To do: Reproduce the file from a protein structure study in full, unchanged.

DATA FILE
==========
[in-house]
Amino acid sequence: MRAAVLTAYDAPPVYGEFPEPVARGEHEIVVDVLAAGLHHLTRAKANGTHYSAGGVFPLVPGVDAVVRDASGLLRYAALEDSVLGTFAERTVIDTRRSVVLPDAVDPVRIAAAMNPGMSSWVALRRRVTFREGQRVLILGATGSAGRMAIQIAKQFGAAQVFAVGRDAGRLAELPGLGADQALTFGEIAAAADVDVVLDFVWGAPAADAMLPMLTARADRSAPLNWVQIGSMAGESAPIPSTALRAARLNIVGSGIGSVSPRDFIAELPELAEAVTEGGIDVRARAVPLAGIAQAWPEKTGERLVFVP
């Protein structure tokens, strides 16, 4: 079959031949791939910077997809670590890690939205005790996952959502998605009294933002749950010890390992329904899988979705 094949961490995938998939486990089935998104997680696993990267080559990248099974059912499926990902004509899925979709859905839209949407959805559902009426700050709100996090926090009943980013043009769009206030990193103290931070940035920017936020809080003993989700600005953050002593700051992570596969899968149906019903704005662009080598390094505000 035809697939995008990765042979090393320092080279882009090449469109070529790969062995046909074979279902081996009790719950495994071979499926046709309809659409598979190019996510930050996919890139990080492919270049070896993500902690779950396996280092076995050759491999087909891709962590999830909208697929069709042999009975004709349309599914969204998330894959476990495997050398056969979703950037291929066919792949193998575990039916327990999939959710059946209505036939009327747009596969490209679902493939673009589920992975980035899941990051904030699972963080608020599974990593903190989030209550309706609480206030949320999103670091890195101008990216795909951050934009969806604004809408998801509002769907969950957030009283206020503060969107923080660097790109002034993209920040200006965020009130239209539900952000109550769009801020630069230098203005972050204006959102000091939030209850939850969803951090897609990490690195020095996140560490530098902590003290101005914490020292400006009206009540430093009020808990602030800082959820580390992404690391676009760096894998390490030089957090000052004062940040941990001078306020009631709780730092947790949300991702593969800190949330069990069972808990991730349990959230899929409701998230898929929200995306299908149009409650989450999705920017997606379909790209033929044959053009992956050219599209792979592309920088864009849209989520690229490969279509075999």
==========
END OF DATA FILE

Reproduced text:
[in-house]
Amino acid sequence: MRAAVLTAYDAPPVYGEFPEPVARGEHEIVVDVLAAGLHHLTRAKANGTHYSAGGVFPLVPGVDAVVRDASGLLRYAALEDSVLGTFAERTVIDTRRSVVLPDAVDPVRIAAAMNPGMSSWVALRRRVTFREGQRVLILGATGSAGRMAIQIAKQFGAAQVFAVGRDAGRLAELPGLGADQALTFGEIAAAADVDVVLDFVWGAPAADAMLPMLTARADRSAPLNWVQIGSMAGESAPIPSTALRAARLNIVGSGIGSVSPRDFIAELPELAEAVTEGGIDVRARAVPLAGIAQAWPEKTGERLVFVP
């Protein structure tokens, strides 16, 4: 079959031949791939910077997809670590890690939205005790996952959502998605009294933002749950010890390992329904899988979705 094949961490995938998939486990089935998104997680696993990267080559990248099974059912499926990902004509899925979709859905839209949407959805559902009426700050709100996090926090009943980013043009769009206030990193103290931070940035920017936020809080003993989700600005953050002593700051992570596969899968149906019903704005662009080598390094505000 035809697939995008990765042979090393320092080279882009090449469109070529790969062995046909074979279902081996009790719950495994071979499926046709309809659409598979190019996510930050996919890139990080492919270049070896993500902690779950396996280092076995050759491999087909891709962590999830909208697929069709042999009975004709349309599914969204998330894959476990495997050398056969979703950037291929066919792949193998575990039916327990999939959710059946209505036939009327747009596969490209679902493939673009589920992975980035899941990051904030699972963080608020599974990593903190989030209550309706609480206030949320999103670091890195101008990216795909951050934009969806604004809408998801509002769907969950957030009283206020503060969107923080660097790109002034993209920040200006965020009130239209539900952000109550769009801020630069230098203005972050204006959102000091939030209850939850969803951090897609990490690195020095996140560490530098902590003290101005914490020292400006009206009540430093009020808990602030800082959820580390992404690391676009760096894998390490030089957090000052004062940040941990001078306020009631709780730092947790949300991702593969800190949330069990069972808990991730349990959230899929409701998230898929929200995306299908149009409650989450999705920017997606379909790209033929044959053009992956050219599209792979592309920088864009849209989520690229490969279509075999």